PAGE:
Stocks mixed after vaccine melt-up, watch for ongoing rotation
First the relief, now for a wee dose of reality. Stock markets are looking a little more cautious after yesterday’s massive surge on news that Pfizer and Biontech have a vaccine that is 90% effective – investors will now show a tad more caution that the kneejerk rally is out of the way.
Markets have a habit of overshooting on the way down, and on the way back up. Nevertheless, an effective vaccine changes the game for investors, at the very least in terms of relative valuations and the premium we are willing to pay for growth.
We have a lot more clarity now than a week ago for two big reasons. Joe Biden is all but certain to become the next president of the United States. More importantly, a vaccine is coming.
The worst fears – of enduring year after year of masks, of having semi-permanent lockdowns and restrictions on our liberties lasting for ever – should not come to pass.
All we need now is a Brexit deal this week as the cherry on the cake. What we in Britain and Europe need more than anything is a confidence injection – and a working vaccine does that. A comprehensive FTA with the EU would help, too.
The FTSE 100 rose over 4.6%, settling just under 6,200. The DAX rose almost 5% and the CAC in Paris was up almost 8%. US stocks opened considerably higher as they took the cue from Europe, but closed less in the green.
The Dow rallied 800 points but that was about half the gains at the high of the day, which was a new intra-day peak. The S&P 500 finished up over 1% but also at the lows of the day.
In a clear signal of a major rotation from growth to value, the Nasdaq 100 fell over 2%, while the Russell 2000 climbed over 4%.
This is a trade that seems to have legs. Due to the makeup of indices and heavy reliance on the big tech names (5 big tech names make up about a quarter of the S&P 500), rotation of this nature may act as a headwind and means it’s not a straight line up.
It will be messy as portfolios rebalance and we can expect more outsize moves in some of the most exposed stocks to the vaccine. But, overall, the landscape for equity markets is favourable.
Yesterday we saw some very high volumes in some of the stocks worst affected by the pandemic on the platform.
S&P 500 volume leaders included American Airlines (+15%), Pfizer (+7.7%) and Carnival (+39%).
Netflix (-9%) and Zoom (-17%) indicated the degree to which the stay-at-home trade was unwound.
On the UK market, there was big volume in Cineworld (+40%), IAG (+25%) Rolls-Royce (+44%), whilst Ocado (-12%) and JustEat (-9%) were offered as part of the rotation.
We do have some uncomfortable questions to answer – does a vaccine on the near horizon preclude more stimulus? Perhaps, a lot depends on the Senate runoffs in Georgia, but the US economy needs a bridge to get to the sunlit uplands of vaccine country.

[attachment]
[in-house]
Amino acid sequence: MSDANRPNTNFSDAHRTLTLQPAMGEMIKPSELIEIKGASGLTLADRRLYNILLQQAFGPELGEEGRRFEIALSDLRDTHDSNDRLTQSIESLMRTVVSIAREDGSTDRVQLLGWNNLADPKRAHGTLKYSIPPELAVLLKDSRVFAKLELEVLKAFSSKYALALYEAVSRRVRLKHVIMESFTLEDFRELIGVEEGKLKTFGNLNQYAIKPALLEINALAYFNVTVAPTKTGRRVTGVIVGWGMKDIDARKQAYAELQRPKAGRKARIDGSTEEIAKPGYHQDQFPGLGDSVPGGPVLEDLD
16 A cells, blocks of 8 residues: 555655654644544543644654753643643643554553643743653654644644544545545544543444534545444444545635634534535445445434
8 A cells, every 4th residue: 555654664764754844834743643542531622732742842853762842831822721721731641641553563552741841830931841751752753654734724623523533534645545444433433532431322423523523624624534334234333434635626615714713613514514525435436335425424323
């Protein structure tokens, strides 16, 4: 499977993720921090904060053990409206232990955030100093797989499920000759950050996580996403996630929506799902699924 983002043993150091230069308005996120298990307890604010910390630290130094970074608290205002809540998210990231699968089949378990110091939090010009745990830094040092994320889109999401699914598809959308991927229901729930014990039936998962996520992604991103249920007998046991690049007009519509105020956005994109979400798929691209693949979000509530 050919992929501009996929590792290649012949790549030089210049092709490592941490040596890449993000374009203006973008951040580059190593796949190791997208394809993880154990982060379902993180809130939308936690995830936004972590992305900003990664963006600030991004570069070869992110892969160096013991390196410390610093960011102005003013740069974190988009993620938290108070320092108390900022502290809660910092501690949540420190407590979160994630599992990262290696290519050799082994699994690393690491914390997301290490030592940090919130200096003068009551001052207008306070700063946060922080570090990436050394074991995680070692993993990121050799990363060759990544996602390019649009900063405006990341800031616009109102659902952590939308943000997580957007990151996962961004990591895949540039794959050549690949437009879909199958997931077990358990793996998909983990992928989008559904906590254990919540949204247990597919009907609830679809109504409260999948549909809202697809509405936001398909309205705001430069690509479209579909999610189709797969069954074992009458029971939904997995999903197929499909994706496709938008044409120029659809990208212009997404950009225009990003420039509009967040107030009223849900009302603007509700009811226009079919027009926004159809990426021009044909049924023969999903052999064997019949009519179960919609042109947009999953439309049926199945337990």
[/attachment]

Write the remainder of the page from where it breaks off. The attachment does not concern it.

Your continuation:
Europe can’t even get its stimulus delivered, whilst in the UK the government continues to offer support to business but does not seem willing to acknowledge the other problems created by lockdowns – a vaccine may give them further excuse to restrict liberties as ‘it will only be for a little longer’.
The vaccine won’t stop this from being a very tough winter in Britain, Europe, and elsewhere. Data this morning showed the UK unemployment rate in the three months to September rose to 4.8% as the number of people out of work rose by 243,000.
Does a vaccine change the game for the Fed? It ought to, but if experience is anything to go by, the Fed won’t want to rock the boat anytime soon. Several Fed speakers on tap this week will give a clue – expect them to stress the need for fiscal support now as a vaccine won’t available en masse for some months. Overall, the outlook for markets is a lot more positive.
European markets are trading a bit mixed this morning. The FTSE 100 rose above 6,200 while the DAX faded 0.5% to 13,000.
Travel stocks rose again on Tuesday, building on some very big gains notched in the previous session. So too did banks – a vaccine will steepen the yield curve which will make a significant difference to banks’ net interest margins. It should also help limit credit impairments.
Treasury yields rose – the US 10-year yield leapt to 0.94%, the highest since March, which sent the 2yr/10yr spread to its widest in almost three years.
Gold sank to the bottom of the recent range, testing the Sep lows at $1,850 before catching some bid to recover to around $1,887 this morning. UK 10 year gilt yields also jumped to its highest level in some months at 0.377%.
In FX, the vaccine could help risk-on currencies like sterling and the Aussie. GBPUSD advanced to 1.32 and trades with upside momentum in play.
Brexit talks this week threaten headline risk but increasingly the market believes that the posturing over fishing rights and level playing fields will give way to the cold, hard reality of securing a deal in time for Christmas.